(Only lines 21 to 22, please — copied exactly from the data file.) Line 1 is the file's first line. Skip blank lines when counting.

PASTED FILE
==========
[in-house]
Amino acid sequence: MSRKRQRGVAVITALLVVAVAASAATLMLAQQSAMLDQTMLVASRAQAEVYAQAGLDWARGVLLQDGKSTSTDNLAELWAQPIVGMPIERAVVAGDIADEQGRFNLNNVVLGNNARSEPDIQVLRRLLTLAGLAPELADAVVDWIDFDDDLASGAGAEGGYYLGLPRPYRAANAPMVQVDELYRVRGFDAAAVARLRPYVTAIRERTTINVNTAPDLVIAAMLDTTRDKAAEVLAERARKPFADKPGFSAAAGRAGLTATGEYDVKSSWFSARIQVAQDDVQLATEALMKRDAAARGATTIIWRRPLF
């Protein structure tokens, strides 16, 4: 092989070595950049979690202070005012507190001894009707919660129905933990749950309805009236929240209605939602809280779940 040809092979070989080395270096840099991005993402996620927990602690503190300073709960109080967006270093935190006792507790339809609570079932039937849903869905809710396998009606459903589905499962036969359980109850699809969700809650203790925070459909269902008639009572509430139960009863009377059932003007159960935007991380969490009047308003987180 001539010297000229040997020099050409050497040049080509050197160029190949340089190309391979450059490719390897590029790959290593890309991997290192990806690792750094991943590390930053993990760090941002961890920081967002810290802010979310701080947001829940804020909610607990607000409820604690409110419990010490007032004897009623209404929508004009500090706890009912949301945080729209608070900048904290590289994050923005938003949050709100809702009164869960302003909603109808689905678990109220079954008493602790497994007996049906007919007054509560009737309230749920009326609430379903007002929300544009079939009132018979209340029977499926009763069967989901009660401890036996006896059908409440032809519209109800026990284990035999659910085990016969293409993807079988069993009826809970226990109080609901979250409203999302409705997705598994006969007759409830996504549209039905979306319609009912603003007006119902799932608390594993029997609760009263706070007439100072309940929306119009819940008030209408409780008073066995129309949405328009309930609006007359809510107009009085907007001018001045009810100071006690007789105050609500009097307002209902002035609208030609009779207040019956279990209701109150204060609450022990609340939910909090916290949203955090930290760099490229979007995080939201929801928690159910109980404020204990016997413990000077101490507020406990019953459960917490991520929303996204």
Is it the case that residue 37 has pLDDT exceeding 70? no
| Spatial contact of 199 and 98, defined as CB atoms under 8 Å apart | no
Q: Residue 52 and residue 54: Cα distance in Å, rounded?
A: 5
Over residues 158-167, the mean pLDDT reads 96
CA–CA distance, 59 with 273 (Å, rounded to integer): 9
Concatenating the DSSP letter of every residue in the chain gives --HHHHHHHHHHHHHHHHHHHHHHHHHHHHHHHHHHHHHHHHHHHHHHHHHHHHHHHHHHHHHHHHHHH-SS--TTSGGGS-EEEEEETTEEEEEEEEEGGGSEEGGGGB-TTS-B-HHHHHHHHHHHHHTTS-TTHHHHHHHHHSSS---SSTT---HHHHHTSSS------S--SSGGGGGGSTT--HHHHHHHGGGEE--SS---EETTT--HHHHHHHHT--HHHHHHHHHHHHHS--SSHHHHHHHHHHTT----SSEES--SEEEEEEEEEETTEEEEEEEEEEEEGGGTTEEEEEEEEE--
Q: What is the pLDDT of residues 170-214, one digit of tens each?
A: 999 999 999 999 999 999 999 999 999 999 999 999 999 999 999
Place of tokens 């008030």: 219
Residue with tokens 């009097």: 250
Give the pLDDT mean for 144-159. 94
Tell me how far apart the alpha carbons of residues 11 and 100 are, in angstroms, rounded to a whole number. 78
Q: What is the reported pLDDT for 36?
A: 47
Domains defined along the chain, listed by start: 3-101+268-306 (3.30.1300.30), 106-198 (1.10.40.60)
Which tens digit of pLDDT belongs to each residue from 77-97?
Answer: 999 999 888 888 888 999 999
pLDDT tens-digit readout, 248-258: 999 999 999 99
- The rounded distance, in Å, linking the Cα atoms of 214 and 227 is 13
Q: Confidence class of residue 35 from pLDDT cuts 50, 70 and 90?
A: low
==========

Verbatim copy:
Answer: 999 999 888 888 888 999 999
pLDDT tens-digit readout, 248-258: 999 999 999 99